The Robert H. Jackson Center, in partnership with the National Council for the Social Studies, has named Sarah Segal, a sixth grade social studies, language arts, constitutional law, and Oregon history teacher at Hood River Middle School in Hood River, Ore., as the first Robert H. Jackson Center National Award for Teaching Justice recipient.
The award was created to recognize individuals who have made a contribution toward teaching the concept of justice in creative, inspiring ways, which may include teaching about civil liberties, human rights, international humanitarian law, the Holocaust, genocide studies, or local issues of justice. Segal will be presented with the Jackson Award on Nov. 22 during the President's Welcome Breakfast at the National Council for the Social Studies annual conference in St. Louis.
"Sarah Segal is a dynamic educator who leads by example and uses her role as a teacher and leader to encourage and motivate students to examine more closely the world around them," said James C. Johnson, Robert H. Jackson Center president and chief executive officer. "She emulates the spirit of Justice Jackson, and the selection committee found her to be most worthy of receiving the 2013 Robert H. Jackson Center National Award for Teaching Justice."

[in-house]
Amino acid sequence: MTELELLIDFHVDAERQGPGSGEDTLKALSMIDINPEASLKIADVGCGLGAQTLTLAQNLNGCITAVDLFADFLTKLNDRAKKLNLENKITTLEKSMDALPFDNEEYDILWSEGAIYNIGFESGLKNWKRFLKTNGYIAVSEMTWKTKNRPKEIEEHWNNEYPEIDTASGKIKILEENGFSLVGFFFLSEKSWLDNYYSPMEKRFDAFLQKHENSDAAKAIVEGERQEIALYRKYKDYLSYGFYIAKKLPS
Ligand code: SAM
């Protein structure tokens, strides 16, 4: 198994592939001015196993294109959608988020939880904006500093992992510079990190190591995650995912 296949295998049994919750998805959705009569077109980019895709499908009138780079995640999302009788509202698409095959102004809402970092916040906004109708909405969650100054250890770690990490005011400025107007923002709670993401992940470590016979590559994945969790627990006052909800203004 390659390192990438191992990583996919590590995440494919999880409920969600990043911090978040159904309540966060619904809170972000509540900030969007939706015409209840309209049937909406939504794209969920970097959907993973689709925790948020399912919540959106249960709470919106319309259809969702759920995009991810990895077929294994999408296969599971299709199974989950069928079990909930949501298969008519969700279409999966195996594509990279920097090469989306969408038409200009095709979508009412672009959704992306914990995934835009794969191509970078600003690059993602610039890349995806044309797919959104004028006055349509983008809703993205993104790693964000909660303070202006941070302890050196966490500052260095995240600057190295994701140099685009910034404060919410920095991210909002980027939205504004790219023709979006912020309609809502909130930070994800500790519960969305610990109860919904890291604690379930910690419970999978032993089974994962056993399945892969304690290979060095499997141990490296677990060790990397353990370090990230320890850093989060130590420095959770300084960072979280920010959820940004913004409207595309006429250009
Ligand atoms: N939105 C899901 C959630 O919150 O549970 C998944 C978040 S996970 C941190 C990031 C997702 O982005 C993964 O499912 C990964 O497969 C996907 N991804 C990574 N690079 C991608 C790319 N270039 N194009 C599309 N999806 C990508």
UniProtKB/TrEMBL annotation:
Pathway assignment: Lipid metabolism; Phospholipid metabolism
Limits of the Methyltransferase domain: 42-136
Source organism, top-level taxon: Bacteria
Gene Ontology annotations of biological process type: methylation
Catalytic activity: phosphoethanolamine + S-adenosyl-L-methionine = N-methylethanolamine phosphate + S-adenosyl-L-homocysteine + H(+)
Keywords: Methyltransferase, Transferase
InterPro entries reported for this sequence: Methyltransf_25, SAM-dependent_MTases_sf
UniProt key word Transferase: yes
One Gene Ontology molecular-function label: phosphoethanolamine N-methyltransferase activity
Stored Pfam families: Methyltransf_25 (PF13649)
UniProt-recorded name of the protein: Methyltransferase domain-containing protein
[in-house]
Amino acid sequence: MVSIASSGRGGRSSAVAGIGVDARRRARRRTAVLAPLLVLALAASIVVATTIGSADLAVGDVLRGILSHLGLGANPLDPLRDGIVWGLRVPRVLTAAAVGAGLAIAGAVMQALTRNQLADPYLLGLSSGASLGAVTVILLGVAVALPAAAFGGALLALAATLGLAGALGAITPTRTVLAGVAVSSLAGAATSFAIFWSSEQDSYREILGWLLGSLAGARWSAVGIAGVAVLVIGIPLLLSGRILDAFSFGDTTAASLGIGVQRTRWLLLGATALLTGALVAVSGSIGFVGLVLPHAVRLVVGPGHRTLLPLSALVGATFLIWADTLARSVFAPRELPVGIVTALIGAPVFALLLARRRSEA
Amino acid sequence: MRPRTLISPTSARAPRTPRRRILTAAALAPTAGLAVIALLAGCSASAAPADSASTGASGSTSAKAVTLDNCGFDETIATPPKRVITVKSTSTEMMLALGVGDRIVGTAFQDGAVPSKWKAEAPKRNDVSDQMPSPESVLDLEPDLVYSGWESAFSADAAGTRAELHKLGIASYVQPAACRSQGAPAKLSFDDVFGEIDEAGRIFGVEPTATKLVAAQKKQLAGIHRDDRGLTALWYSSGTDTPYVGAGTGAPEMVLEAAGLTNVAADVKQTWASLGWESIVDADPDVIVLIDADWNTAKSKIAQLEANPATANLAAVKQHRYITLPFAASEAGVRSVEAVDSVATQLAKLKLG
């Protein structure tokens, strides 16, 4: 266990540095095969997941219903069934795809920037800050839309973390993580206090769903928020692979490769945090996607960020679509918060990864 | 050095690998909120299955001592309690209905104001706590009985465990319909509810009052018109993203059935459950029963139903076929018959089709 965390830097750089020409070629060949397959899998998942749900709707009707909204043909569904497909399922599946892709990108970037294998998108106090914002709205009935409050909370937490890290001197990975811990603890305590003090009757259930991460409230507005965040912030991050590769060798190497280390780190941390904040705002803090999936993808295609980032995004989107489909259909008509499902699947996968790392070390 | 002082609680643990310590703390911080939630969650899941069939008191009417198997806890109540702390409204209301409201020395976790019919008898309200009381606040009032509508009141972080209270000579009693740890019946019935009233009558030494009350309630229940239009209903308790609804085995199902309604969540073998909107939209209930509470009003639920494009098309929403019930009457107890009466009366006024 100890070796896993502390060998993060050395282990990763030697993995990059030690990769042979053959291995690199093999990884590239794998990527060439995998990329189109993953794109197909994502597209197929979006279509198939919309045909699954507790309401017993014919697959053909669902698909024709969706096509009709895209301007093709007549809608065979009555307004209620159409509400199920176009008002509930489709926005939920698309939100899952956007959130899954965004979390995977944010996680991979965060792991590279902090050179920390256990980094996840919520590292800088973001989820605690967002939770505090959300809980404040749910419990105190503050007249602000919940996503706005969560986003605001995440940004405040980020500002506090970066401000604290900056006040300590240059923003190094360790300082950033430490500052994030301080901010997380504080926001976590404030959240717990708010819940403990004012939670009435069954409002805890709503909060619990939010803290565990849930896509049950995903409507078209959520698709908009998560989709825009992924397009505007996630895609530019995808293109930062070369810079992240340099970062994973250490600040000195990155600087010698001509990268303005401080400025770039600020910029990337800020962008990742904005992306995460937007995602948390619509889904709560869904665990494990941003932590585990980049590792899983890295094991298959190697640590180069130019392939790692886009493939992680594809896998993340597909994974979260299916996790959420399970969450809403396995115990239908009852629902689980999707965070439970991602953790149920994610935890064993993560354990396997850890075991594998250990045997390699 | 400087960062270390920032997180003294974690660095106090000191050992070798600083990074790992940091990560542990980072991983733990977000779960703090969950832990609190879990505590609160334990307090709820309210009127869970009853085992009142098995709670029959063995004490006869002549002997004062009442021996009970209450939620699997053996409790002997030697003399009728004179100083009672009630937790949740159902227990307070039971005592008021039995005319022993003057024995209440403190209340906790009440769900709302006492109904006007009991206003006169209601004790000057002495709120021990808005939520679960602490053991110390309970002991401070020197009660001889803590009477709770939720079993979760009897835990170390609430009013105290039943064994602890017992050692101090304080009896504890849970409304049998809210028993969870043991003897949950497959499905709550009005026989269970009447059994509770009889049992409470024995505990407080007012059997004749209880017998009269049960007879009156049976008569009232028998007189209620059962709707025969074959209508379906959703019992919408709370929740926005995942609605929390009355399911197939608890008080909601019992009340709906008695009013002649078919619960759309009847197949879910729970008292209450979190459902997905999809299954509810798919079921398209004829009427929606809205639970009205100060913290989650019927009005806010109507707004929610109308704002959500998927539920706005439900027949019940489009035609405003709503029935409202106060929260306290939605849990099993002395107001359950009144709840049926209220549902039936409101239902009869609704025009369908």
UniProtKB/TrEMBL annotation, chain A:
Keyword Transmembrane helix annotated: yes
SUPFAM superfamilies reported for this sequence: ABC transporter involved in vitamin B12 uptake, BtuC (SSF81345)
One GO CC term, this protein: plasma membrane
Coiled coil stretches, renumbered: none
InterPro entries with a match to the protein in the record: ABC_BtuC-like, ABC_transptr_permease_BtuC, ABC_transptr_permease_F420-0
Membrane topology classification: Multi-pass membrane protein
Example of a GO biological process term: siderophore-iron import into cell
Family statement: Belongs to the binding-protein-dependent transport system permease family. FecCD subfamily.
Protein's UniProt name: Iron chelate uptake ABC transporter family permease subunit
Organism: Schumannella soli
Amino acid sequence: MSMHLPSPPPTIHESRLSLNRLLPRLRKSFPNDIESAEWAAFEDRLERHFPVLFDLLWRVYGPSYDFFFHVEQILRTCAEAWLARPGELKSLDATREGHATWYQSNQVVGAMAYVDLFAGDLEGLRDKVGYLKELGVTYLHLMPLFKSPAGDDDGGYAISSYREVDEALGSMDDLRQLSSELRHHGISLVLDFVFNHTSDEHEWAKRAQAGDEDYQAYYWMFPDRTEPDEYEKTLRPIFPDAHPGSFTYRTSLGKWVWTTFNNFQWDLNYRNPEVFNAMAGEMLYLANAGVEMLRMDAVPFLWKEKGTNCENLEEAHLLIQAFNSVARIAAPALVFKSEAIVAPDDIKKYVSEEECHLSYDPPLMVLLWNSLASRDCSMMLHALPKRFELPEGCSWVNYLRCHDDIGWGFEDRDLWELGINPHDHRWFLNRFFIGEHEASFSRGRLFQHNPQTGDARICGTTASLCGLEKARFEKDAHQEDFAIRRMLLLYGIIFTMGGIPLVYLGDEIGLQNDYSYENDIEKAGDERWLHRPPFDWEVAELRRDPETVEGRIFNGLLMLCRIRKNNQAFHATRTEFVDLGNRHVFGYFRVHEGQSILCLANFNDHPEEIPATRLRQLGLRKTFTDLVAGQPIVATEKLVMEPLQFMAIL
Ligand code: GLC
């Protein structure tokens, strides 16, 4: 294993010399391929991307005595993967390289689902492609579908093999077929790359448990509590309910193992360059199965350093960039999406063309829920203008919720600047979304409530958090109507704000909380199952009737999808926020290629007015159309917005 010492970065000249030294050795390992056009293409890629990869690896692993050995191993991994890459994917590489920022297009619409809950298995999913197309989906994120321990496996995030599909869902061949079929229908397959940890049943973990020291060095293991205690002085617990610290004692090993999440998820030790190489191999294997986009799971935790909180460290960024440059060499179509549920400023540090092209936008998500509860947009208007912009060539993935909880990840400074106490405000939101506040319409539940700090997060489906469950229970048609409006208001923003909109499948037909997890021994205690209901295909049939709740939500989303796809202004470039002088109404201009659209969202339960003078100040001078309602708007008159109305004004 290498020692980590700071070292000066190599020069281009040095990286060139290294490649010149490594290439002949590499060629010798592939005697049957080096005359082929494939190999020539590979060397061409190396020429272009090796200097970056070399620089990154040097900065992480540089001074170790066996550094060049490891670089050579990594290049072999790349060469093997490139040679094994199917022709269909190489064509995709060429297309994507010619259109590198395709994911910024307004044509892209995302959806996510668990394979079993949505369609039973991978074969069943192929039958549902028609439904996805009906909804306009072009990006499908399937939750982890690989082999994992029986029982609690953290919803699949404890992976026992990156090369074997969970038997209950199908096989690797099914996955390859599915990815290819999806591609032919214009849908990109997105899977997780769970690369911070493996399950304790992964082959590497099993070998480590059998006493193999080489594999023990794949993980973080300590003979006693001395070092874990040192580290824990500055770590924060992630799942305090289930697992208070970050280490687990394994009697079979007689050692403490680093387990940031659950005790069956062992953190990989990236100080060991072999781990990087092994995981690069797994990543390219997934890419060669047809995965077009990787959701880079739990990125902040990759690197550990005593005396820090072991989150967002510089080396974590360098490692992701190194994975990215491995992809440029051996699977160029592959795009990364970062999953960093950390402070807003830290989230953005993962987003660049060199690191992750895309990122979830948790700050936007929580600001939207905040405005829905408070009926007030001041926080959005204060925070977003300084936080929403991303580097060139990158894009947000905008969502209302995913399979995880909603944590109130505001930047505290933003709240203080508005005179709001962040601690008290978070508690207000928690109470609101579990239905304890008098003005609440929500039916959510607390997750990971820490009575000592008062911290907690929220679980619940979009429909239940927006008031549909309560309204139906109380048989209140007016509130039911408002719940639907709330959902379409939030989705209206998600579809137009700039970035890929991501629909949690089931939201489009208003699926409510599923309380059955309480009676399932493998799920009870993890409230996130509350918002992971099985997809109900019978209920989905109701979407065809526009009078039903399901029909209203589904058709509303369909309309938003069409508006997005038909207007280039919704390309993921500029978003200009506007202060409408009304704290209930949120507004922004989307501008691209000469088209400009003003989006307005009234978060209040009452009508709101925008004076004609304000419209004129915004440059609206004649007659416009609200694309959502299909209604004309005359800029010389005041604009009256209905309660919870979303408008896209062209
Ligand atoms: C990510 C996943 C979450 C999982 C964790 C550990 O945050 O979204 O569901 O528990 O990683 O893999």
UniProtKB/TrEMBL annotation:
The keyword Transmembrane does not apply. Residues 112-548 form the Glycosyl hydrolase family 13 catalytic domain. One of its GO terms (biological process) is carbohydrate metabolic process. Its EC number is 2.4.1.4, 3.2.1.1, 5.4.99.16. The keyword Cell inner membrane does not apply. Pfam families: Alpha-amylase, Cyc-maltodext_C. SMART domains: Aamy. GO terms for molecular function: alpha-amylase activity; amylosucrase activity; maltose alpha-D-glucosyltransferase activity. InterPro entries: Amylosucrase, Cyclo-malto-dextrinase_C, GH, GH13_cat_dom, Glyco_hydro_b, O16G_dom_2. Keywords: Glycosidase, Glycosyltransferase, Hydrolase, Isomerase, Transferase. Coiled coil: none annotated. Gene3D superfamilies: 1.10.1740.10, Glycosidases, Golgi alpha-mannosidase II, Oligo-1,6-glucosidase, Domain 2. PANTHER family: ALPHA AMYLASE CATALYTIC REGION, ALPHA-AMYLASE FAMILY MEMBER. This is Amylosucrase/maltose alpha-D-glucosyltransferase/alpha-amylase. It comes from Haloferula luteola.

A middle school teacher for the past 10 years, Segal is a passionate teacher who infuses her sixth grade humanities class teaching with literacy, literature and human rights curriculum. Through her carefully selected literature and unit topics, she develops her student's inquiry into local, national and global issues. Her constitutional law elective students sharpen their critical thinking and problem solving skills by researching current issues and exploring multiple perspectives supported by statistical data. Through their research projects, her students develop articulate questions, interview and communicate with public officials, and collaborate with local agencies. This past year her students interviewed U.S. Sen. Ron Wyden and Rep. Greg Walden.
A leader in the Oregon Council for the Social Studies, Segal has served as a board member, secretary, conference coordinator, and House of Delegates representative at the National Council for the Social Studies annual conference. She has made numerous presentations at both state and national levels.
Segal received a Bachelor of Arts in sociology/anthropology from Western State College of Colorado in 1998 and a master's degree in curriculum and instruction from the University of Montana in 2004. She has received numerous awards and grants and has participated in national and international travels to various countries, including China, Germany, India, Japan, Saudi Arabia, South Korea and Turkey for first-hand exploration of social, economic, environmental, and historical interconnectivity of peoples throughout the world.
"Teaching Social Justice incorporates my passion for exposing students to historical and modern circumstances of human existence, advancing critical-thinking skills, promoting meaningful dialog, and ultimately, cultivating student 'voice,'" Segal said.